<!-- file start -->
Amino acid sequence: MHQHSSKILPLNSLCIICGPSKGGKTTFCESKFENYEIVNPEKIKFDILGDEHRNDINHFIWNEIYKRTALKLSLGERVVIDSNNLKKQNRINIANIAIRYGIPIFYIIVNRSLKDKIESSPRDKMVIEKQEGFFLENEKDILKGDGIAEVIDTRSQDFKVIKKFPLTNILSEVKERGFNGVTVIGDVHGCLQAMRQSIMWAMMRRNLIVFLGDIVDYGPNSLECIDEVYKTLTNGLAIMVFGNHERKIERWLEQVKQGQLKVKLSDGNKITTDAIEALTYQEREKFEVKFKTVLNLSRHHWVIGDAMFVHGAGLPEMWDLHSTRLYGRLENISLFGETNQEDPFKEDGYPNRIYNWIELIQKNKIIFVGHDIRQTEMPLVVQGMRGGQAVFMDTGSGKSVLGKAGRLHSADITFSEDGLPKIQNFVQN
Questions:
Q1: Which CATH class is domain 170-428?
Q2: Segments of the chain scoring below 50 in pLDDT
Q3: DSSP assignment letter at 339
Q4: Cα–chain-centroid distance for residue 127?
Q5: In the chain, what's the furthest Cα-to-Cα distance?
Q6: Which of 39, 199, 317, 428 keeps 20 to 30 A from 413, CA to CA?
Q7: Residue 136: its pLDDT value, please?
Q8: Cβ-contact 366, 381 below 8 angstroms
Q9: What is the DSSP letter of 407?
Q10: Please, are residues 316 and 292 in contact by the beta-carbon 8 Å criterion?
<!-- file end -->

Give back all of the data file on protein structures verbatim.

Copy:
Amino acid sequence: MHQHSSKILPLNSLCIICGPSKGGKTTFCESKFENYEIVNPEKIKFDILGDEHRNDINHFIWNEIYKRTALKLSLGERVVIDSNNLKKQNRINIANIAIRYGIPIFYIIVNRSLKDKIESSPRDKMVIEKQEGFFLENEKDILKGDGIAEVIDTRSQDFKVIKKFPLTNILSEVKERGFNGVTVIGDVHGCLQAMRQSIMWAMMRRNLIVFLGDIVDYGPNSLECIDEVYKTLTNGLAIMVFGNHERKIERWLEQVKQGQLKVKLSDGNKITTDAIEALTYQEREKFEVKFKTVLNLSRHHWVIGDAMFVHGAGLPEMWDLHSTRLYGRLENISLFGETNQEDPFKEDGYPNRIYNWIELIQKNKIIFVGHDIRQTEMPLVVQGMRGGQAVFMDTGSGKSVLGKAGRLHSADITFSEDGLPKIQNFVQN
Questions:
Q1: Which CATH class is domain 170-428?
Q2: Segments of the chain scoring below 50 in pLDDT
Q3: DSSP assignment letter at 339
Q4: Cα–chain-centroid distance for residue 127?
Q5: In the chain, what's the furthest Cα-to-Cα distance?
Q6: Which of 39, 199, 317, 428 keeps 20 to 30 A from 413, CA to CA?
Q7: Residue 136: its pLDDT value, please?
Q8: Cβ-contact 366, 381 below 8 angstroms
Q9: What is the DSSP letter of 407?
Q10: Please, are residues 316 and 292 in contact by the beta-carbon 8 Å criterion?